South Korea Strengthens Cooperation With Mongolia on Key Minerals

South Korea is seeking to strengthen cooperation with mineral-rich Mongolia, to lessen its reliance on China.

South Korean Foreign Minister Park Jin visited Mongolia Aug. 28-30, and met his Mongolian counterpart Batmunkh Battsetseg.

The South Korean visit comes amid rising international tensions that include U.S.-China frictions and Russia’s invasion of Ukraine.

During Park’s visit, the two nations agreed to actively boost cooperation on global supply chain issues, especially in relation to rare earth elements.

“(We) will push actively for measures to cooperate to gain synergies from the combination of South Korea’s infrastructure and such minerals and resources, abundant in Mongolia, as rare earths for high-tech semiconductors and displays, and rare metals for batteries,” Park said during a joint press conference following his Aug. 29 meeting with Battsetseg.

Park also delivered a handwritten letter from South Korean President Yoon Suk-yeol to Mongolian President Khurelsukh Ukhnaa which expressed hope that South Korea will enhance cooperation with Mongolia.

In response, the Mongolian president said “cooperation with South Korea is a top priority for Mongolia.”

Mongolia—located between China and Russia—is one of the top ten resource-rich countries in the world. The country is important in the context of global supply chain restructuring for South Korea.

Since Korea established diplomatic relations with Mongolia in 1990, the two countries have continuously expanded cooperation in the fields of economics, trade, and culture.

The bilateral relationship was upgraded to a “strategic partnership” in 2021.

China Dependence

Presently, the key minerals used by South Korean enterprises such as lithium, cobalt, and graphite mostly come from China.

The move by South Korea with Mongolia is also being seen as a response to the U.S.- Inflation Reduction Act that stipulates that starting in 2023 when tax credits kick in, 40 percent of critical minerals used in car batteries must originate within the United States or from a country that it has a free trade agreement with. This percentage increases every year until 2027 when 80 percent of the critical minerals must meet the requirement.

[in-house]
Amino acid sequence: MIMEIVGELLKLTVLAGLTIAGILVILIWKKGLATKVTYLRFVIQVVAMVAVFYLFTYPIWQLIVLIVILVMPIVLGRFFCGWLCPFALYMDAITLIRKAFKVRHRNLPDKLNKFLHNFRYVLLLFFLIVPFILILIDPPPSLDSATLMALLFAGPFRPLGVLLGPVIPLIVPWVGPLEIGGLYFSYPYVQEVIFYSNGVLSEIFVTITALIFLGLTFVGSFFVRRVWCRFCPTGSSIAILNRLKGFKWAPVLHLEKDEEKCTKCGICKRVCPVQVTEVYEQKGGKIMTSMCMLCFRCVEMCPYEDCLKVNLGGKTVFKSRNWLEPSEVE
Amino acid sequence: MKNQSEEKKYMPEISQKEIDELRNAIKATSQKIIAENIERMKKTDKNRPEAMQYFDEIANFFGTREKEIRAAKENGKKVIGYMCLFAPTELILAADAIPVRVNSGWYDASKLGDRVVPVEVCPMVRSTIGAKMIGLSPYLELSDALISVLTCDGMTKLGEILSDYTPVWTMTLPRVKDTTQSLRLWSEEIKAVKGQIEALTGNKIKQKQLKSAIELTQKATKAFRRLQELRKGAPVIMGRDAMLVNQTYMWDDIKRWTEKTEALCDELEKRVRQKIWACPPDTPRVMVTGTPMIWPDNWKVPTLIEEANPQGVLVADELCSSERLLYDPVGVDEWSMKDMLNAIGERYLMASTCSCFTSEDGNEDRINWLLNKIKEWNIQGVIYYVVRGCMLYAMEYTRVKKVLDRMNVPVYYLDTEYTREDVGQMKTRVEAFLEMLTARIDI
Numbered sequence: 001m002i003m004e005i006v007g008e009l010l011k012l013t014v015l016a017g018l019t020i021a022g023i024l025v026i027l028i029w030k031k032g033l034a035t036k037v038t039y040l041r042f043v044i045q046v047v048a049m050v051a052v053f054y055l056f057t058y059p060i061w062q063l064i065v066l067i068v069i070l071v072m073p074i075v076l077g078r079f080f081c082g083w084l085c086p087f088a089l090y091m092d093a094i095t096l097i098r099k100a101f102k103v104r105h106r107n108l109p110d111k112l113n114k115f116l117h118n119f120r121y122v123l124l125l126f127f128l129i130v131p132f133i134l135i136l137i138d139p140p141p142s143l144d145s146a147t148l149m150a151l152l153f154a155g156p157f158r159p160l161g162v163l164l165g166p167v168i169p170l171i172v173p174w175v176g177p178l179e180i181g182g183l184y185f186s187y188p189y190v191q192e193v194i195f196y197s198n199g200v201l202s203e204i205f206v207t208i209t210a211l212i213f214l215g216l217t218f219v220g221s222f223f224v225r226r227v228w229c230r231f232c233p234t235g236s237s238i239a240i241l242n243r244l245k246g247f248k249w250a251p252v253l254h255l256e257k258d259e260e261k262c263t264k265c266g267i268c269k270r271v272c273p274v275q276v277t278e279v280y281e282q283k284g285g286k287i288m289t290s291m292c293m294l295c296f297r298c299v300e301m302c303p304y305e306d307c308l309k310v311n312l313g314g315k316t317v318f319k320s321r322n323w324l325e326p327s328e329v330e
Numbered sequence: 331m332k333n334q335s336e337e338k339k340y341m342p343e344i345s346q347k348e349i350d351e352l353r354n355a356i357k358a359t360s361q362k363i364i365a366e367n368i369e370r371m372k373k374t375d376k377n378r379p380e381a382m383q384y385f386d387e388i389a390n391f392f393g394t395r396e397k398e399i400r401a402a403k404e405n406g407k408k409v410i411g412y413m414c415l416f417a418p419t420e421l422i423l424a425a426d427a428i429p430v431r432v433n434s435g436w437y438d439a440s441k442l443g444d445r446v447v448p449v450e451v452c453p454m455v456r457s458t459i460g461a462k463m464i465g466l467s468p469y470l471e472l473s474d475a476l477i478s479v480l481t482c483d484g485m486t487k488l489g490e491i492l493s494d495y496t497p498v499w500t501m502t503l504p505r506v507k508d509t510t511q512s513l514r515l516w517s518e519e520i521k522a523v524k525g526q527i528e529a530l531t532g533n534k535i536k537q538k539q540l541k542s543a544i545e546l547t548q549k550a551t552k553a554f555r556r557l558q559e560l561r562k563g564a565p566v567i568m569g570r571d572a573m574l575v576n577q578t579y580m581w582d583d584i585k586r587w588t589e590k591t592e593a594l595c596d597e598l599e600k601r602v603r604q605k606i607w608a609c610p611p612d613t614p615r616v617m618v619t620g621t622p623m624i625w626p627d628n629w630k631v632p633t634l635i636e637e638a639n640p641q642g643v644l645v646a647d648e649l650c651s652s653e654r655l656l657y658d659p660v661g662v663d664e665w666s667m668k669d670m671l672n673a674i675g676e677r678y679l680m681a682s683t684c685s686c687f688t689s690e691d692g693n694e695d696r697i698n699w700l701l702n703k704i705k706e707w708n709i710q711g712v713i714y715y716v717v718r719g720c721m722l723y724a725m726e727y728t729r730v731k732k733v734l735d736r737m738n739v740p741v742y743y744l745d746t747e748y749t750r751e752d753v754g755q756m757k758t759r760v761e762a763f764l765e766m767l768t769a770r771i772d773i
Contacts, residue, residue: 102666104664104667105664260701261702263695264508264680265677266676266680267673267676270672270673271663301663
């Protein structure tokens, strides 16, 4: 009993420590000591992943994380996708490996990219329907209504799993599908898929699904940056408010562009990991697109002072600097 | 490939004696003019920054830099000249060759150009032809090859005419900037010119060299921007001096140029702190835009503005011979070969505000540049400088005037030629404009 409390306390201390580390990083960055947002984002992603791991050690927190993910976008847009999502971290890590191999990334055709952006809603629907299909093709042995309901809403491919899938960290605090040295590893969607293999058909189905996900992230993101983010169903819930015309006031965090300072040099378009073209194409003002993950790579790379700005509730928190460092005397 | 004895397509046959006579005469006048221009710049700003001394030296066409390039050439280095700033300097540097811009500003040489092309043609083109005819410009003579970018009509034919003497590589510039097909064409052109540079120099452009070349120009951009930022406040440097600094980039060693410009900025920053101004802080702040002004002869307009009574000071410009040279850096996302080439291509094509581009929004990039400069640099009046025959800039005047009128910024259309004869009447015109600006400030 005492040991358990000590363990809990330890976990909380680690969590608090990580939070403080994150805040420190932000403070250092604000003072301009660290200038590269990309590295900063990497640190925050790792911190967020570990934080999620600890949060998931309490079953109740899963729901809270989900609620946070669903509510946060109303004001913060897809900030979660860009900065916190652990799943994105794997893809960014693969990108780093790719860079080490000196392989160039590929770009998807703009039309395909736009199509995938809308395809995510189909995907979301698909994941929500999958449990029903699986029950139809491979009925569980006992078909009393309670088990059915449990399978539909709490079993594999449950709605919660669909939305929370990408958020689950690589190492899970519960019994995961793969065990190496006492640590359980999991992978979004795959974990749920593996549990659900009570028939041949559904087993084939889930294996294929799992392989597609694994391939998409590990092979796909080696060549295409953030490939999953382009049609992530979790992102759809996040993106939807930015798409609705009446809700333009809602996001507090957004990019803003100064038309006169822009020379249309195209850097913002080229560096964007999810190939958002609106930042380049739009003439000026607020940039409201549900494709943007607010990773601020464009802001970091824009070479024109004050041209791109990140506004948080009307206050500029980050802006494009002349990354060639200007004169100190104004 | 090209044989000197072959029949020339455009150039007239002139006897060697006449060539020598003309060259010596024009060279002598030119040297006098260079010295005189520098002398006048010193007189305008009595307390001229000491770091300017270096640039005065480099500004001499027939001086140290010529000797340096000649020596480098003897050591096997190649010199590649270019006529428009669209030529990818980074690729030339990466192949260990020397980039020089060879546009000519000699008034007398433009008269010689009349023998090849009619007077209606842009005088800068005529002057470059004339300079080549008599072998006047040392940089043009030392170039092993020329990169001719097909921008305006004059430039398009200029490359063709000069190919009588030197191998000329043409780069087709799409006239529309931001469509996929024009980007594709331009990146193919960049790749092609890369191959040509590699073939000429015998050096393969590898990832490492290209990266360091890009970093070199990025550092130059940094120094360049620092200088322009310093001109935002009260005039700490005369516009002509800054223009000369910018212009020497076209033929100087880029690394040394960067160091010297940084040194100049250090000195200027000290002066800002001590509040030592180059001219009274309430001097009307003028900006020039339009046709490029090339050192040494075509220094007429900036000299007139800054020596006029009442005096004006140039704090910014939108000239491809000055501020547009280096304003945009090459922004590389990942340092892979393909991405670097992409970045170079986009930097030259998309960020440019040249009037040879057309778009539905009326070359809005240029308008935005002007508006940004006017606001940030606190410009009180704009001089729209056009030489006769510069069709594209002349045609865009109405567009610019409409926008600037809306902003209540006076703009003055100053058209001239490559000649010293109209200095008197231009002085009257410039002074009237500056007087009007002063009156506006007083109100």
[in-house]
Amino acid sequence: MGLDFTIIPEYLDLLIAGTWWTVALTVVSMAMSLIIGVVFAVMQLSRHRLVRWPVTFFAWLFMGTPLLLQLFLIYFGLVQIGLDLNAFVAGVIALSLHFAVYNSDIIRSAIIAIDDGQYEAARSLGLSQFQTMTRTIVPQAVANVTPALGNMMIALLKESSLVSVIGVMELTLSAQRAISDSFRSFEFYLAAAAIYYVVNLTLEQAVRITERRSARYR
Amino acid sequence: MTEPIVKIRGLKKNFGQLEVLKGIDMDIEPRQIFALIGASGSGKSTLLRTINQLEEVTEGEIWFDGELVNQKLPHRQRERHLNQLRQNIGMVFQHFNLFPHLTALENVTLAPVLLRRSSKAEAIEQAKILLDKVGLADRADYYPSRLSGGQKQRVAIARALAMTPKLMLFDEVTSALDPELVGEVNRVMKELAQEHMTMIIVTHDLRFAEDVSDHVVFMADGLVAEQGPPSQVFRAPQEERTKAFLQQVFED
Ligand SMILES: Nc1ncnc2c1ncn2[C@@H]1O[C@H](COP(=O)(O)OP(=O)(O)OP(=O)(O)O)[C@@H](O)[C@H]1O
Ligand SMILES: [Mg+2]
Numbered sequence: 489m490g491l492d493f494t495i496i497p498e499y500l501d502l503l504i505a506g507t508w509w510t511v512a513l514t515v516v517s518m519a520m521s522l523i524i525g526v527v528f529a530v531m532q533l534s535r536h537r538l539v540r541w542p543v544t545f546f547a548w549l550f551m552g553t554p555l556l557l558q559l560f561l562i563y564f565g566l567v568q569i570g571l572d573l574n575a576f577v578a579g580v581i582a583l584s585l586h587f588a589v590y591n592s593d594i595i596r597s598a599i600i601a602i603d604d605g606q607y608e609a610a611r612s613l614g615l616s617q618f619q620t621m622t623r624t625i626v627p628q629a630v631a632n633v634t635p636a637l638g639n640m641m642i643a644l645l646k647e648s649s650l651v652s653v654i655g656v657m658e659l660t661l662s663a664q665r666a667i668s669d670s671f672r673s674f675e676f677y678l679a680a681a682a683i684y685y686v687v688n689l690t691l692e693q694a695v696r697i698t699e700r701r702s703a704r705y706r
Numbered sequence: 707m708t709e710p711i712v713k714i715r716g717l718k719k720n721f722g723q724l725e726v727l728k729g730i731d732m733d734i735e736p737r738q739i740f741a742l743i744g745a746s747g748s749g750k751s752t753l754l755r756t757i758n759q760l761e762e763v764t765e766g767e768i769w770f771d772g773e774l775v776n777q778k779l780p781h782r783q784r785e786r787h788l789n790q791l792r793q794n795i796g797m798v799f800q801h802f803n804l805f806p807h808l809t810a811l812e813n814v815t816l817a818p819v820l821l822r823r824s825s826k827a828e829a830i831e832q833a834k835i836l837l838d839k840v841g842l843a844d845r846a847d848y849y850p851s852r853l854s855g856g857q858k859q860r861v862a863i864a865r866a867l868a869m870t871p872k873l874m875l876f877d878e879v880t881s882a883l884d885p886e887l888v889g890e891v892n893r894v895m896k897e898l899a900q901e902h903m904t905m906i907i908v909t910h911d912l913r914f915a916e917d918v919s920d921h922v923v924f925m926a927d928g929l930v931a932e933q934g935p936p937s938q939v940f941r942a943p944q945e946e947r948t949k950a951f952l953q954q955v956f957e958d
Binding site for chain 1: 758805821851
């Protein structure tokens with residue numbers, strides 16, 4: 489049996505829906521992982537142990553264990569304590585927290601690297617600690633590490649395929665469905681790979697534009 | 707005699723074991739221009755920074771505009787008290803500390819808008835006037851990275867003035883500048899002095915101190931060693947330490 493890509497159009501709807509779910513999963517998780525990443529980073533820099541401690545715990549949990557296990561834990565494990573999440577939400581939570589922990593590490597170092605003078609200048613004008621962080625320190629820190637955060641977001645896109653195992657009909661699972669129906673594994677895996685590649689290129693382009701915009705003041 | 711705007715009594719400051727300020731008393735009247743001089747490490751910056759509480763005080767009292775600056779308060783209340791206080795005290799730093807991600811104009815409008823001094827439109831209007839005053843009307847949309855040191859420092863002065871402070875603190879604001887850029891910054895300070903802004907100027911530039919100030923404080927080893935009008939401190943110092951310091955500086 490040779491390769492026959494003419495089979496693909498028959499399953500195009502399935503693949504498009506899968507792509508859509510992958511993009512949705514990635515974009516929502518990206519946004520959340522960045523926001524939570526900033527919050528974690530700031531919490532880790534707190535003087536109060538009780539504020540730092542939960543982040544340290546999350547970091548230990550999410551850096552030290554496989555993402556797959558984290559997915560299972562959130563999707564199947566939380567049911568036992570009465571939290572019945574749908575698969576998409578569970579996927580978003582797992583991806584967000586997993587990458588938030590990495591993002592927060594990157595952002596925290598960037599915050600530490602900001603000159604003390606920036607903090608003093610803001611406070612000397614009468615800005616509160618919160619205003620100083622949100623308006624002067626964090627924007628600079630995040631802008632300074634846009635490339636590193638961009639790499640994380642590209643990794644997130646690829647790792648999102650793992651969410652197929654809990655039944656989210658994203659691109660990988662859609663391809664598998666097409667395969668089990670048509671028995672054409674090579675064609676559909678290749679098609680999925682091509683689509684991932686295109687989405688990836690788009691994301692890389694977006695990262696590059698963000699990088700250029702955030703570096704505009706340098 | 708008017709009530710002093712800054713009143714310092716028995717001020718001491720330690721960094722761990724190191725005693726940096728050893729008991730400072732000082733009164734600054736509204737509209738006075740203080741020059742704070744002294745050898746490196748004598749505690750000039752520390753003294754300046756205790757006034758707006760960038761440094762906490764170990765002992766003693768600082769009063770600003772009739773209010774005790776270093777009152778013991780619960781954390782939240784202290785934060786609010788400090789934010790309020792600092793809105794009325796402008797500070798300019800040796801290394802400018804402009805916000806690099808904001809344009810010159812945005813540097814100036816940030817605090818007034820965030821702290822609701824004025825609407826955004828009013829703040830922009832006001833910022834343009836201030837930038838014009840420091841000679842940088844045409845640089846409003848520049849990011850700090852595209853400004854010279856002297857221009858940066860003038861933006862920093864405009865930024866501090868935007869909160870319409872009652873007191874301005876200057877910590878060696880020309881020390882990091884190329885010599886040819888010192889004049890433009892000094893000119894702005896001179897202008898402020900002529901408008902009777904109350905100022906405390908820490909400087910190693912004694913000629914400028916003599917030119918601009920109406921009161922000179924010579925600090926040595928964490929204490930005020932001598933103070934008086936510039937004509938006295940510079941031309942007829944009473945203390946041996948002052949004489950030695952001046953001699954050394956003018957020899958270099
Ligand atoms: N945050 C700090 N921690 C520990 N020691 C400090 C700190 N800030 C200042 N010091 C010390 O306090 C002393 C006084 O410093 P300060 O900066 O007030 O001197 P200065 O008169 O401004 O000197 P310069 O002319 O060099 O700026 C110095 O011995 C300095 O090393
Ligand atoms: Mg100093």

South Korea is concerned that it won’t be able to enjoy the credits from the United States if it cannot drop its dependence on China. Moreover, the South Koreans are also worried that communist China may weaponize its supply of resources, posing a threat to Korea.

The Bank of Korea’s monthly survey statistics released on June 30 shows that South Korea’s average dependence on China for imports of core minerals such as copper, aluminum, and zinc is as high as 67 percent.

The Korea Chamber of Commerce and Industry also released a report in early August, pointing out that the dependence on imports from China for raw and intermediate materials has increased significantly in the main industry sectors such as batteries and semiconductors. Among them, the imports of two key raw materials for battery manufacturing, lithium oxide, and lithium hydroxide, reached a whopping $1.17 billion in the first half of this year, surpassing 2021’s total imports of $560 million.

According to the statistics of the Korea Trade Association in late August, Korea’s import dependence on China for car battery raw materials has been deepening in recent years, with 64.9 percent of lithium hydroxide imported from China in 2018, rising to 83.8 percent last year, and 84.4 percent from January to July this year. During the same period, cobalt import dependence on China rose from 53.1 percent in 2018 to 64 percent in 2021, then to 81 percent between January and July this year.


Lisa Bian is a Korea-based writer for The Epoch Times focusing on Korean society, its culture, and international relations.


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